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Old 06-06-2012, 02:52 PM   #21
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Originally Posted by myredracer View Post
I suspect profit margins are very low in the RV industry, at least on 5-ers and trailers which would explain the drive to cut corners.
Unfortunately what cost cutting measures the manufacturer is making going forward for their profit is also added on at most dealers for their profit margin as well.

the same trailer for $15899 US in the states is 33899 Canadian here in Canada.
I always could not figure out how 25 yr olds could own a TT or 5-er but at 1/2 the cost... it makes sense.

I noticed that our 2012 Salem has glue spots everywhere. Trim out is cheap and the pratical board coverings are just shoved together in many places. I've got some plans to secure some items and sure up others with weight in mind.
It costs more to do jobs in a half arsed manner, and even more if the customer doesn't return due to workmanship issues. A happy customer is a returning customer most times.

GM cut 5 lbs of bolts nuts and washers out of their cars for better gas mileage years ago and so did Ford. They ran adverts on the cost cuts to assist with better mileage.
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Old 06-06-2012, 08:13 PM   #22
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In the market place, manufacturers will build the product at a level that meets market demand while allowing for acceptable profit and return for the company stakeholders. If the market supports a particular leicester and quality then that's where things settle.

The manufacturers have a big role in this but so do consumers. There are many repeat buyers in the RV market that continue to buy the same quality products over and over. When the consumer changes their demands things may improve. Until then our nation of disposable product consumption will continue.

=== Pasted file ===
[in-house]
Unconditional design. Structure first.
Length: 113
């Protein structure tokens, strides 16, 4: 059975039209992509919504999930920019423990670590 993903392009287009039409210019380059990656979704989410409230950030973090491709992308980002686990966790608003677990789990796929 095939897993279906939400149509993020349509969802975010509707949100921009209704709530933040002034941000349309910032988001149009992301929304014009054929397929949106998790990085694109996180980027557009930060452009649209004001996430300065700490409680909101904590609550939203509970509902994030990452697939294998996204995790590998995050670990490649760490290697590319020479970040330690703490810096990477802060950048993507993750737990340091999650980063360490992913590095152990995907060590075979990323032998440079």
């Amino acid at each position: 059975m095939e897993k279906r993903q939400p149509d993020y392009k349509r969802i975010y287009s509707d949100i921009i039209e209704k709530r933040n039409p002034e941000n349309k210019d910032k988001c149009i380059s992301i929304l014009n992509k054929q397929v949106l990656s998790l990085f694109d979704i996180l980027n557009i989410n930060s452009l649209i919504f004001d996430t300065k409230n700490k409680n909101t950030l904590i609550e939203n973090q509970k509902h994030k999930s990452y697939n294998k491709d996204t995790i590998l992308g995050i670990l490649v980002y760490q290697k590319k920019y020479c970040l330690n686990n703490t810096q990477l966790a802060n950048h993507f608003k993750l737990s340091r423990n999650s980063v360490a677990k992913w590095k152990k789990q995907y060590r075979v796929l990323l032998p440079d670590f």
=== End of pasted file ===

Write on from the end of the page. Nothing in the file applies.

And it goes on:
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Old 06-06-2012, 08:19 PM   #23
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Originally Posted by Jeep4Two View Post
In the market place, manufacturers will build the product at a level that meets market demand while allowing for acceptable profit and return for the company stakeholders. If the market supports a particular leicester and quality then that's where things settle.

The manufacturers have a big role in this but so do consumers. There are many repeat buyers in the RV market that continue to buy the same quality products over and over. When the consumer changes their demands things may improve. Until then our nation of disposable product consumption will continue.

You've said it best so far.
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Old 06-06-2012, 10:08 PM   #24
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Originally Posted by MilCop4523 View Post
Unfortunately what cost cutting measures the manufacturer is making going forward for their profit is also added on at most dealers for their profit margin as well.

the same trailer for $15899 US in the states is 33899 Canadian here in Canada.
I always could not figure out how 25 yr olds could own a TT or 5-er but at 1/2 the cost... it makes sense.

I noticed that our 2012 Salem has glue spots everywhere. Trim out is cheap and the pratical board coverings are just shoved together in many places. I've got some plans to secure some items and sure up others with weight in mind.
It costs more to do jobs in a half arsed manner, and even more if the customer doesn't return due to workmanship issues. A happy customer is a returning customer most times.

GM cut 5 lbs of bolts nuts and washers out of their cars for better gas mileage years ago and so did Ford. They ran adverts on the cost cuts to assist with better mileage.
Do you some proof of that? MSRP vs MSRP? I think you're exaggerating by a fair amount. RV prices were no better than 20% better in the US when I bought mine last year and it varied widely.
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Old 06-06-2012, 10:32 PM   #25
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We've been told for decades that the rich are getting richer and the poor poorer and the middle class is vanishing.

Not sure about that, but as far as products and services its' certainly true. High end is dong well, low end is dong well. Those in the middle...not so much.

If a TV costs $400 and a repairman is $100/hour 2 hour minimum, plus parts, are you gonna repair your 4 year old TV? Nope. You'll buy a new one with new features.

And this makes sense - from the manufacturer's point of view. Especially as quality has gone up and things dont' break as often. When your Chevy broke down every 5k miles chevy made money on selling replacement parts. Back in the 70s and 80s it was rare to see a car with over 100k miles on it. Heck, I bought many a car with 60k on them for under $1000, one for $500 once (and it wasn't rusty either). But I remember replacing alternators, starters, waterpumps every 40-50k miles. I've got 3 fords with over 100k miles on them, one with 230k on it - all have the factory installed water pumps, alternators, 2 of 3 have their starters, none leak fluids...ford/chevy aren't making money on repair parts any more. So they have to sell new cars anyway they can.